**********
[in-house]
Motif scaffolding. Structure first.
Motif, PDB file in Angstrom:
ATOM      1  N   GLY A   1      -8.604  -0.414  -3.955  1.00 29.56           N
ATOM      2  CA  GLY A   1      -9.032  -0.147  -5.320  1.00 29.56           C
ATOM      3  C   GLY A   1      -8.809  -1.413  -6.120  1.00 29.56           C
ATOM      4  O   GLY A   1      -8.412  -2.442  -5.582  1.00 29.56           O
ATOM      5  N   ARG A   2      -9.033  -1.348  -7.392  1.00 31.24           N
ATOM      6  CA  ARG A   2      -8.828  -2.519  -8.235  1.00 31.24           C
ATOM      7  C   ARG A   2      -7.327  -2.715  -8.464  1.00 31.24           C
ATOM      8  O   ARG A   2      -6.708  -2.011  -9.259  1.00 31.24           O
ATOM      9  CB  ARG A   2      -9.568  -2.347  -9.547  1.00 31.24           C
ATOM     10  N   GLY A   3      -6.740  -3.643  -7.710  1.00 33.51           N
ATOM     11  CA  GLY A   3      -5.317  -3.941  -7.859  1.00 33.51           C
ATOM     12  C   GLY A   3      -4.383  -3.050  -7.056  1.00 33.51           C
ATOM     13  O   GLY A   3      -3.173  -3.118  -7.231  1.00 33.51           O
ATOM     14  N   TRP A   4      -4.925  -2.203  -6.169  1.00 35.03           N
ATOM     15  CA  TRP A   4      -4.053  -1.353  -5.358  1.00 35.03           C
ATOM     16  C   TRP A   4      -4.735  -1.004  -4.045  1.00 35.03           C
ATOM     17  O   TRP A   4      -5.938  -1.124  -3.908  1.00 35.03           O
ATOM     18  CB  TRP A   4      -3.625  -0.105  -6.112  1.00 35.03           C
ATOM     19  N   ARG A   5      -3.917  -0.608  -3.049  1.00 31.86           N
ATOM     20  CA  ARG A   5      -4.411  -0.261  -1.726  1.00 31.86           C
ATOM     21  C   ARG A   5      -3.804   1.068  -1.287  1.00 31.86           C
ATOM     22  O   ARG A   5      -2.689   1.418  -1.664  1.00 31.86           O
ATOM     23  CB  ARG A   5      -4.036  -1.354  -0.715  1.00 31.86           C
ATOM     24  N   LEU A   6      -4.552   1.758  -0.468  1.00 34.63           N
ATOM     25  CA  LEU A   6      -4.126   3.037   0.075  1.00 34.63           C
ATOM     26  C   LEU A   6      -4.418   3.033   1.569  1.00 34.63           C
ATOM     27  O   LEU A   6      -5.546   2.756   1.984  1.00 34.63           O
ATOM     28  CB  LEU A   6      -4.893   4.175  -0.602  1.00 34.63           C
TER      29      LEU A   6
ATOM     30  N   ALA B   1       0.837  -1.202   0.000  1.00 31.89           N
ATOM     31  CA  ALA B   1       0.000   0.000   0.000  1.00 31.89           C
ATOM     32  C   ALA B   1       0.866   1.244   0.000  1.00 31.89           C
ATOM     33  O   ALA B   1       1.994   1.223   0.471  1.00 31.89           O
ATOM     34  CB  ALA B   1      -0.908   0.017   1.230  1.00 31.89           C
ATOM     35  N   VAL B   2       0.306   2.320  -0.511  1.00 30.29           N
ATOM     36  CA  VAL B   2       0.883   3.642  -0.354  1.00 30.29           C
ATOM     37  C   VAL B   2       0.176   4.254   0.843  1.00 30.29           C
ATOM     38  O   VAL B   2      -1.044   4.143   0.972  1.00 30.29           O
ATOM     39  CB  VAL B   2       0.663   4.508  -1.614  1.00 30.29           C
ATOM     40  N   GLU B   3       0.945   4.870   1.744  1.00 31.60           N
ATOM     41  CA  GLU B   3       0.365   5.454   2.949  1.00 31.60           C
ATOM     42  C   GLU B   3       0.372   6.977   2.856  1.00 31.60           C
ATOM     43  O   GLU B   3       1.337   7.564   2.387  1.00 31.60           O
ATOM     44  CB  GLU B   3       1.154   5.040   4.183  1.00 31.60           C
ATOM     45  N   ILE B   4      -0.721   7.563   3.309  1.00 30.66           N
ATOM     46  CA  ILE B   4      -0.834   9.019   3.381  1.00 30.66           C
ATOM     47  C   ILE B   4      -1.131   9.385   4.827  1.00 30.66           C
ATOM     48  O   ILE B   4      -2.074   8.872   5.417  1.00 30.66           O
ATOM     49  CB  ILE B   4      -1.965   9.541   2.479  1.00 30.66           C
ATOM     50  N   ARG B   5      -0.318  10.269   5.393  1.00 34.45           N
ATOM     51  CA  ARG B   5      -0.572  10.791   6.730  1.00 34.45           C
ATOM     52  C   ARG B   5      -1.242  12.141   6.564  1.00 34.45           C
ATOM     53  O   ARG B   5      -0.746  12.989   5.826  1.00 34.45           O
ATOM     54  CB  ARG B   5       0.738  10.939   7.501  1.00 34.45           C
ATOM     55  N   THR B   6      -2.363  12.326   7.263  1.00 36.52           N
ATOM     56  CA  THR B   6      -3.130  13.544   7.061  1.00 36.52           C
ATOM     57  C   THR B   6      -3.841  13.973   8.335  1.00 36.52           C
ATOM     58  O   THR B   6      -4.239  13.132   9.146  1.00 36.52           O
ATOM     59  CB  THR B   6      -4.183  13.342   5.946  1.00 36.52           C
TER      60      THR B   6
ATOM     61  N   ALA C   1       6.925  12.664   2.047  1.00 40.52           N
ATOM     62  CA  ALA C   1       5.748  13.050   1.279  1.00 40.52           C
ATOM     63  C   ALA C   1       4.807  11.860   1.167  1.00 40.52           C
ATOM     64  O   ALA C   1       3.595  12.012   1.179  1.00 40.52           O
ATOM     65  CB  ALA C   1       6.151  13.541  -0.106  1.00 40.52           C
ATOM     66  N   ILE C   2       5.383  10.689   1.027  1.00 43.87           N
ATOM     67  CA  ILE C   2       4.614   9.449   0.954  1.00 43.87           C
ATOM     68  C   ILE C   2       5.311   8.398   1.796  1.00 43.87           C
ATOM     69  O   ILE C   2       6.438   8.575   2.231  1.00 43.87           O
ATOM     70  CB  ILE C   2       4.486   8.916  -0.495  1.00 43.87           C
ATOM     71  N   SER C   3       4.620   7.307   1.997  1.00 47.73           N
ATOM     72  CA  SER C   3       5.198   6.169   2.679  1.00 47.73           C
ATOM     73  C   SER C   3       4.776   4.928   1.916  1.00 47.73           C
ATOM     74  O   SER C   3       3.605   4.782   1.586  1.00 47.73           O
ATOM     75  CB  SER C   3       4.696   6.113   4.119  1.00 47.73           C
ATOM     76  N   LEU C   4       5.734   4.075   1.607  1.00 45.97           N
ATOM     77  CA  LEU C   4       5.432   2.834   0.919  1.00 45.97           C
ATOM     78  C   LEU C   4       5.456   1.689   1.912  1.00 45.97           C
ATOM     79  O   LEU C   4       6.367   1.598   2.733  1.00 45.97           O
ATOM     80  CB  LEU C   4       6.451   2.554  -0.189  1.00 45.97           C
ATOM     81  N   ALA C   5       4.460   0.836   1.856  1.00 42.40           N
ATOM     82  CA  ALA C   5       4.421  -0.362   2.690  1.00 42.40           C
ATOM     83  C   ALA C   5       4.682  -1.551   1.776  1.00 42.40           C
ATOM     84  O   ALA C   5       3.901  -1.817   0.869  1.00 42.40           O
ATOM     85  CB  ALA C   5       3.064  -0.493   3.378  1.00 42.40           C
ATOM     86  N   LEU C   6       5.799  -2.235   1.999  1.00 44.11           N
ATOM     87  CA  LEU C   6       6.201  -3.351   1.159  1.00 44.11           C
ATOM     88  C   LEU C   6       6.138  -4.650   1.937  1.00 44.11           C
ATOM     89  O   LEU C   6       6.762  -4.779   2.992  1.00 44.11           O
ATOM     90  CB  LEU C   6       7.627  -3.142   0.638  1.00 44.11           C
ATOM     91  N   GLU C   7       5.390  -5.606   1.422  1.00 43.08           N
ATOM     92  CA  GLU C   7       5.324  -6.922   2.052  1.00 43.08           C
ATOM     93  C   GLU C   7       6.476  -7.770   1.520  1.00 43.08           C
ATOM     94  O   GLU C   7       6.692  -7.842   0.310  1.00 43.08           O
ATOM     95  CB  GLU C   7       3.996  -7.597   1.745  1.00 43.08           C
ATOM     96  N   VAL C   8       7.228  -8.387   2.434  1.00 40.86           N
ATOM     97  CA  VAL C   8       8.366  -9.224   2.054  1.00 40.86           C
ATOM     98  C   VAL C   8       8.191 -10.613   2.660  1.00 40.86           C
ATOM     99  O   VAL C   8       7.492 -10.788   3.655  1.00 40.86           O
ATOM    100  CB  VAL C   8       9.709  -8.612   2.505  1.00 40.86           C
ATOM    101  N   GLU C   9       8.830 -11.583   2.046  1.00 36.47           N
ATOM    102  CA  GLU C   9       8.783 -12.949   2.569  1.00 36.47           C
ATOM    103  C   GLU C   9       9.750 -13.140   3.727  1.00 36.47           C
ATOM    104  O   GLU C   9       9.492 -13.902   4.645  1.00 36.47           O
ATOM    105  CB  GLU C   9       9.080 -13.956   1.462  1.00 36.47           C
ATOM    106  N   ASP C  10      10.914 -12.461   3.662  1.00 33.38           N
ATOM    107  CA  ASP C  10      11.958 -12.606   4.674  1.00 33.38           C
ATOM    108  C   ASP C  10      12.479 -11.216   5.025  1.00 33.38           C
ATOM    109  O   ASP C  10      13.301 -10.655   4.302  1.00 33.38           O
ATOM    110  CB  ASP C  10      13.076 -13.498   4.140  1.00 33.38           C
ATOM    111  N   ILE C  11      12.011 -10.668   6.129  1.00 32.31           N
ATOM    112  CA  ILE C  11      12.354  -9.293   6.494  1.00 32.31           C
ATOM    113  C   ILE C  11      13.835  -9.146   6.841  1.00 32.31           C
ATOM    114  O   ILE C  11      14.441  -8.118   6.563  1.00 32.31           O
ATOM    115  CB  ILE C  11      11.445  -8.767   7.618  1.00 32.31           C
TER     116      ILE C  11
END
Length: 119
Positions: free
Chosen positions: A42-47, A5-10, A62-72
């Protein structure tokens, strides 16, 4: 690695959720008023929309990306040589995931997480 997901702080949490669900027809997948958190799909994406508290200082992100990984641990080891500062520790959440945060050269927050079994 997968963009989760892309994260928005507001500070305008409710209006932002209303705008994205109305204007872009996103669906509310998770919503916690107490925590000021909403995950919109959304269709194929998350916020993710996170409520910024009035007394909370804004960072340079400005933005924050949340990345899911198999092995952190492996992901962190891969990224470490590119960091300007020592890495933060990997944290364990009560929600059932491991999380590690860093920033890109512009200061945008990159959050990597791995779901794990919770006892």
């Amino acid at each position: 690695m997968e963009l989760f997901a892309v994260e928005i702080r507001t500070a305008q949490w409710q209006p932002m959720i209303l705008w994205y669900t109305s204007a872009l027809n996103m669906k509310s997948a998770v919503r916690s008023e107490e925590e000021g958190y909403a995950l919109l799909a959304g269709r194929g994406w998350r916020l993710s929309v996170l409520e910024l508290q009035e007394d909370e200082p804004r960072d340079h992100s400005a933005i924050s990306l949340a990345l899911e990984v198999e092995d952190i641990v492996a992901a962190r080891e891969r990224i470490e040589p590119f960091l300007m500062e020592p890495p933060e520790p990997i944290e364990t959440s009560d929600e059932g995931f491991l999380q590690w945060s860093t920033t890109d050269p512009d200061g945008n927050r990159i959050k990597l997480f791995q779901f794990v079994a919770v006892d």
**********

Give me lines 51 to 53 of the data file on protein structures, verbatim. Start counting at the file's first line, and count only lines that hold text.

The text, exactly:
ATOM     48  O   ILE B   4      -2.074   8.872   5.417  1.00 30.66           O
ATOM     49  CB  ILE B   4      -1.965   9.541   2.479  1.00 30.66           C
ATOM     50  N   ARG B   5      -0.318  10.269   5.393  1.00 34.45           N